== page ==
Choosing the Right Tank Size for Your Pet Fish
If you are a newbie aquarium hobbyist, you may think that 50 litre tanks are easier to maintain than 100 litre tanks. This assumption is completely wrong and yet very common. There are factors to be considered when selecting the right tank size for your pet fish.
Knowledge and Experience
A larger tank will require more than a single filter or even a pump system that is possibly more challenging than a novice aquarist would be comfortable with. If you are an experienced aquarium enthusiast and looking to start keeping larger species, a large tank will look perfect for you. Otherwise, you can safely start with one of those 50 litre tanks. This size would not be too big that it becomes a feat to maintain, yet big enough to give you a buffer against water parameter mistakes you could make being a novice.
Another evident factor in choosing a fish tank size is the specie and number of fish you plan to keep. The rule is one inch of fish per gallon of water, but you have to consider the adult size of the fish and not its size when you bought it. As well, take note that certain species require more space than others, whether or not they are of similar size. Smaller community fish can usually be kept in at least 50 litre tanks, but there are those that require at least 200 litres of water. In addition, note that some species may also prefer a certain tank shape. For example, tall-finned species tend to like tanks that are taller than they are wide. Although 50 litre tanks will still be 50 litre tanks, Angelfish would like it better if the water was more above and below them instead of on their sides.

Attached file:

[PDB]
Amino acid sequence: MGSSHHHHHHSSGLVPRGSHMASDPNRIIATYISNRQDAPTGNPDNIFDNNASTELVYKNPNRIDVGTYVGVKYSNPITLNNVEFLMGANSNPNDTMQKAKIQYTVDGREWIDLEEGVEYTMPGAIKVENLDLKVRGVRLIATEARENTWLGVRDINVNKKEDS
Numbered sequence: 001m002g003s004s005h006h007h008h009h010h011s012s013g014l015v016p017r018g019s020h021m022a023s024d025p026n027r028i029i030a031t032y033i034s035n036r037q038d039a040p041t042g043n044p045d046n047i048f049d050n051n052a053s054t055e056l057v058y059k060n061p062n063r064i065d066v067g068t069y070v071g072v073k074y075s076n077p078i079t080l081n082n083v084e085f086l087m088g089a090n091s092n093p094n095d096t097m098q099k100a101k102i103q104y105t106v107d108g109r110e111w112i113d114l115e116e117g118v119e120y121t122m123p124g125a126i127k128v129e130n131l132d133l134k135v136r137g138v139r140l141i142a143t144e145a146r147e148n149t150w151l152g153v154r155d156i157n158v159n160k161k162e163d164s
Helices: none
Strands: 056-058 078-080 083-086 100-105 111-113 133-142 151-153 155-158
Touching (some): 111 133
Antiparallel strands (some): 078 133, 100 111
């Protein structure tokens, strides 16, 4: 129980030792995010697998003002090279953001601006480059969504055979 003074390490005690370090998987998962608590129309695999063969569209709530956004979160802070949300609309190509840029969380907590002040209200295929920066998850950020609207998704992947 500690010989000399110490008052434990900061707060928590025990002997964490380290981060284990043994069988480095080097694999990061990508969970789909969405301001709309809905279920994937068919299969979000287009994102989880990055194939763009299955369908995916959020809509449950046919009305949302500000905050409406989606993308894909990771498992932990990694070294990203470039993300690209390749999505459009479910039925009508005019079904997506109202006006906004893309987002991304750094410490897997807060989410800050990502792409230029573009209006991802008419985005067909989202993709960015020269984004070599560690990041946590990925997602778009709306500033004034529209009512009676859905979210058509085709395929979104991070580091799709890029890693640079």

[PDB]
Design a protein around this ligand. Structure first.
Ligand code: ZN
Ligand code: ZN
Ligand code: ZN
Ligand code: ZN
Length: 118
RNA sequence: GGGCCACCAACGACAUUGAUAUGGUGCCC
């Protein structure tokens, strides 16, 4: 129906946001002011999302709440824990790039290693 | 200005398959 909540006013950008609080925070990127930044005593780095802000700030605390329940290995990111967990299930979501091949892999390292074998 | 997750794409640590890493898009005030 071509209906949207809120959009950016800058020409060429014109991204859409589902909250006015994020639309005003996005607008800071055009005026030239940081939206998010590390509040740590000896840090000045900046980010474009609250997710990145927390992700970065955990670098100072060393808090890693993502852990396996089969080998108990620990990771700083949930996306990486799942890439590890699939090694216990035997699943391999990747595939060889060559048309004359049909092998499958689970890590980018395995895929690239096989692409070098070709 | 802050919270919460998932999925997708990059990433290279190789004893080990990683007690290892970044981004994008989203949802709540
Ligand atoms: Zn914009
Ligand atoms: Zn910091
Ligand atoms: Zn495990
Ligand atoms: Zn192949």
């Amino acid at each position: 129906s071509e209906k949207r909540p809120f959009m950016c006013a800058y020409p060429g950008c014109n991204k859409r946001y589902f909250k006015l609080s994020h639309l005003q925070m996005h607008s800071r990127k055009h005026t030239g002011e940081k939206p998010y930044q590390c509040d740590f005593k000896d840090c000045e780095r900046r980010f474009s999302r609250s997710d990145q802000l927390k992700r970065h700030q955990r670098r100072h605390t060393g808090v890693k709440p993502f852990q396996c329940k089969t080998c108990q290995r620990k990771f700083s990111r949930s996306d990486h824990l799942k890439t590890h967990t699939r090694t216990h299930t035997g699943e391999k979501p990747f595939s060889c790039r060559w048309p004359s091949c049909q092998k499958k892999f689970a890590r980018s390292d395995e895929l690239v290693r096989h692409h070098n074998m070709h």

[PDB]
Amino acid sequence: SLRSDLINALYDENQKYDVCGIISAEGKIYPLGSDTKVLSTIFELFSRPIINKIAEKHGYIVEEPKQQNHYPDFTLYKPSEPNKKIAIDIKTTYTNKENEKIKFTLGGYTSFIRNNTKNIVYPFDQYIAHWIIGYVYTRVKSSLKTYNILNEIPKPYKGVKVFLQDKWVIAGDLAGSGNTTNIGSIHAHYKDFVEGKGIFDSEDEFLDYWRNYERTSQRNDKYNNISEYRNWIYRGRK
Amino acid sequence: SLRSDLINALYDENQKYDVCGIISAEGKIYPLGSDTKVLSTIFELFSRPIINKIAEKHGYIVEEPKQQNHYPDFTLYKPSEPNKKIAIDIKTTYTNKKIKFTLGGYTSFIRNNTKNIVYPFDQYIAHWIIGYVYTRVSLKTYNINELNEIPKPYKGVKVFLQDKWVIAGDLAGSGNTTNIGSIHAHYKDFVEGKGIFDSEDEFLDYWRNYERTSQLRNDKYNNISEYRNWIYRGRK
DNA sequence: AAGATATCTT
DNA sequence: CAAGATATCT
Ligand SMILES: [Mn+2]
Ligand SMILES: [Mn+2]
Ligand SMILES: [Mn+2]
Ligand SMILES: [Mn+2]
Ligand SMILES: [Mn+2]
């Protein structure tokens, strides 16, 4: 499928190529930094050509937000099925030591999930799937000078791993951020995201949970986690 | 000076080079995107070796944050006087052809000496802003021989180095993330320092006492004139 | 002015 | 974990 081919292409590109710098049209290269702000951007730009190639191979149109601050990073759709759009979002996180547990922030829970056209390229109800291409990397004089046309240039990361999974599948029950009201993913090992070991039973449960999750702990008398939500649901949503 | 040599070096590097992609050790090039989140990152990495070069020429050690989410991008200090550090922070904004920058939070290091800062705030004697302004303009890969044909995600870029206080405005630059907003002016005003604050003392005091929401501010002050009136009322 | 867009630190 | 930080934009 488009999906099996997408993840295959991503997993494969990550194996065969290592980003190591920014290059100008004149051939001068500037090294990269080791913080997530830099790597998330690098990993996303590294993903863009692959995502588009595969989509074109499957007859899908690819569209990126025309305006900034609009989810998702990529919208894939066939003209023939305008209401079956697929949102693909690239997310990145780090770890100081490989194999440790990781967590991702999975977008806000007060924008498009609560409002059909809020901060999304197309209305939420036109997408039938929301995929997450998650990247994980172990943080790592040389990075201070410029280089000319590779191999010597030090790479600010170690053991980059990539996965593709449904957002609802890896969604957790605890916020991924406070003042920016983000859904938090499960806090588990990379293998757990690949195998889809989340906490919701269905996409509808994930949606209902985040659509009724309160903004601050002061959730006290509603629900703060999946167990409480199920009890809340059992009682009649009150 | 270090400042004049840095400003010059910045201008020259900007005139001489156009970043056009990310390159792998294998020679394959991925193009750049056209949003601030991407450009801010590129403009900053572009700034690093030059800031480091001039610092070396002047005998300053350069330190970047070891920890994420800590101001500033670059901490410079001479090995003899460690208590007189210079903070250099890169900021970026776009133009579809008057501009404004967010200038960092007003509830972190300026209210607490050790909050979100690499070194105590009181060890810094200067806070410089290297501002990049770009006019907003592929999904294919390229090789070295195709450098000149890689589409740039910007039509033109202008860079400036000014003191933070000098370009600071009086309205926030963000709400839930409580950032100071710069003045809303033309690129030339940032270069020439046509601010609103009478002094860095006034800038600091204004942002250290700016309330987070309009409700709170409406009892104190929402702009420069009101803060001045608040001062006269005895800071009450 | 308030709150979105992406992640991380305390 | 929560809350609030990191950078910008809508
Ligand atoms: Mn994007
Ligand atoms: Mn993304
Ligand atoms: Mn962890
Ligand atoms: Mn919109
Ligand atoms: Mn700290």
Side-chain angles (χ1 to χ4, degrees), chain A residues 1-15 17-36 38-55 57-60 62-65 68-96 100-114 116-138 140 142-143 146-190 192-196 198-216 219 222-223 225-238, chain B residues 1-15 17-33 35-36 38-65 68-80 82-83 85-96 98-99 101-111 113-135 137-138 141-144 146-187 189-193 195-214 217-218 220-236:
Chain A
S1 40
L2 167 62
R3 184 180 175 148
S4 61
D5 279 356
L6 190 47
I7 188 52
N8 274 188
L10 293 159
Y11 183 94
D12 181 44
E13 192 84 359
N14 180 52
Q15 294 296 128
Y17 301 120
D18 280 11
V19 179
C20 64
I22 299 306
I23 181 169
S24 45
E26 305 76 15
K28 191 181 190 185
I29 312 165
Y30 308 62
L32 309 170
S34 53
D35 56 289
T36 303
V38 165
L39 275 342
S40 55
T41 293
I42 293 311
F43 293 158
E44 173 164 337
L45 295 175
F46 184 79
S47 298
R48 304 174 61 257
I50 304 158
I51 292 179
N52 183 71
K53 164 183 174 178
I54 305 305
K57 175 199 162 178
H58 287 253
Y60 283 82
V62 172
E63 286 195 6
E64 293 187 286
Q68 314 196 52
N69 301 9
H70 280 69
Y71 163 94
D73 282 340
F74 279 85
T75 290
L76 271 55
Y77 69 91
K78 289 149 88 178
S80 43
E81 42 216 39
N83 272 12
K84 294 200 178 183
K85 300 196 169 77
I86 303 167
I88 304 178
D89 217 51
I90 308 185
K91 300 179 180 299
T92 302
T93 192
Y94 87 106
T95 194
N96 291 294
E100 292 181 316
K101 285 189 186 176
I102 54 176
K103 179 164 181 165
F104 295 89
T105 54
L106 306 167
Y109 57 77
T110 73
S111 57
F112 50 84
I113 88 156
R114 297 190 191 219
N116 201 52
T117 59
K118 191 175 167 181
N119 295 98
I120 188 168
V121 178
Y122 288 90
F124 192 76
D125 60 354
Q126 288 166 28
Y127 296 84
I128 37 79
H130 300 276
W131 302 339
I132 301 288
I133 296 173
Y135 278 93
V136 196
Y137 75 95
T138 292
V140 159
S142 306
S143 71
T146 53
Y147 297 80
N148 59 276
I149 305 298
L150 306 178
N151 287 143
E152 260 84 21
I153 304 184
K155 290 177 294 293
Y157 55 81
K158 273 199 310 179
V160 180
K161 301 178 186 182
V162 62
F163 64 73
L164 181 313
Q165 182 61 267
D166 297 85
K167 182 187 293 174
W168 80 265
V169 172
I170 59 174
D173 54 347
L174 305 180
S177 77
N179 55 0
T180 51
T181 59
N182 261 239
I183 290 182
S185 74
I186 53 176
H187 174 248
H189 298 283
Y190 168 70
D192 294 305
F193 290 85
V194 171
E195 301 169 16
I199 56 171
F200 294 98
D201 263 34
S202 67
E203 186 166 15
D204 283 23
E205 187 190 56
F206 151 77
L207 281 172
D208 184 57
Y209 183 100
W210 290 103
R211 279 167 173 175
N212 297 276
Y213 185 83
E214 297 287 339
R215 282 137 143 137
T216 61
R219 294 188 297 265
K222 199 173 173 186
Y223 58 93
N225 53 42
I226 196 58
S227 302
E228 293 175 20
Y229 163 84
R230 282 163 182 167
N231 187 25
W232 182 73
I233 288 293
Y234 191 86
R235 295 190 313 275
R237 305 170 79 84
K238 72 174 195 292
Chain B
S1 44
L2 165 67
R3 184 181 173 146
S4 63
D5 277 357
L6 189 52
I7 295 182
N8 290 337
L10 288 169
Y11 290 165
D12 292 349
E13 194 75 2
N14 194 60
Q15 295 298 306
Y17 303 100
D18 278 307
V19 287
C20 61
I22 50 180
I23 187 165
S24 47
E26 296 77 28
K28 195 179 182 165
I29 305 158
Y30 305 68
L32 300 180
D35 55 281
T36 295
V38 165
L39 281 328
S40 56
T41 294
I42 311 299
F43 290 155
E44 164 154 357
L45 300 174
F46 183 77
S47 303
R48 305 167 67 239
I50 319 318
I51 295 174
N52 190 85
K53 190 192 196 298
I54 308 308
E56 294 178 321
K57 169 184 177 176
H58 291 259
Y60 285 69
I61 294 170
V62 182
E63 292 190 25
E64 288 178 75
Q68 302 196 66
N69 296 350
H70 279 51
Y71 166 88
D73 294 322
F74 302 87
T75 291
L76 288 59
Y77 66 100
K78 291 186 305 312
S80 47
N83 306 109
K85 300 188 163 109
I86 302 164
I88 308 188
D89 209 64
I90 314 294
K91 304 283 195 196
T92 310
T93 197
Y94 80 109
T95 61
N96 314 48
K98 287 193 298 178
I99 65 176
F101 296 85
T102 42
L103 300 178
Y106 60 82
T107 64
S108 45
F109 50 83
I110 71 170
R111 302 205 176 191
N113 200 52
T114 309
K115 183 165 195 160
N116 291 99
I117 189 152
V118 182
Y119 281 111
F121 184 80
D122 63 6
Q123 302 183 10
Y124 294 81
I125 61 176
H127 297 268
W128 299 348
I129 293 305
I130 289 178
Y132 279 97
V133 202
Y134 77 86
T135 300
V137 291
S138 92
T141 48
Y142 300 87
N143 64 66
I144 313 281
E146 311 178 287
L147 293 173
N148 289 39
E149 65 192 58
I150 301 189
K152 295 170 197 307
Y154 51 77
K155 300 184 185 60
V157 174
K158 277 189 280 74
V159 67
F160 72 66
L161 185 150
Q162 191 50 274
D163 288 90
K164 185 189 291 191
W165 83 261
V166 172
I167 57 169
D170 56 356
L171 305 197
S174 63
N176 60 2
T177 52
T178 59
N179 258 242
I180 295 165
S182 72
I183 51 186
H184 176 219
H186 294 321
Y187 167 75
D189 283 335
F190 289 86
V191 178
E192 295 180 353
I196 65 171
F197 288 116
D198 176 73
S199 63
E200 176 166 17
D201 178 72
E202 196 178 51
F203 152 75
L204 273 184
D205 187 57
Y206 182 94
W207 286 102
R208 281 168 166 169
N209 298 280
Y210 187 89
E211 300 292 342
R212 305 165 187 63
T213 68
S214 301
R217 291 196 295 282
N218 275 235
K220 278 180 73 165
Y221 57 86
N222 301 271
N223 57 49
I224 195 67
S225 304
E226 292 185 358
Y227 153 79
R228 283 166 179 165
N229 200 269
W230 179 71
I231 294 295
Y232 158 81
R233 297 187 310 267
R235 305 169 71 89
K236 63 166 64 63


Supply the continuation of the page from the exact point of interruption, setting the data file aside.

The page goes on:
Maintenance time can often be reduced if the aquarium is correctly installed, so this need not be a large issue in considering the right tank size to buy. A good filter size will eliminate most of the toxins and waste from your tank water, and you will have to get a new filter media once a month, no matter if you’re talking about 500 or 50 litre tanks. To keep tank water quality high, you need to change 10 – 20% of it on a weekly basis.
While transitioning from a smaller tank to a bigger one, you will likely notice a sizeable increase in price. If you want to buy a sizeable tank but you only have enough cash for one of those 50 litre tanks or smaller, you can purchase an aquarium starter kit, which already includes some of the equipment you need, along with tank decorations. If you are a newbie and you want to give yourself space for growth, get a tank that is a bit bigger than the average starter tank.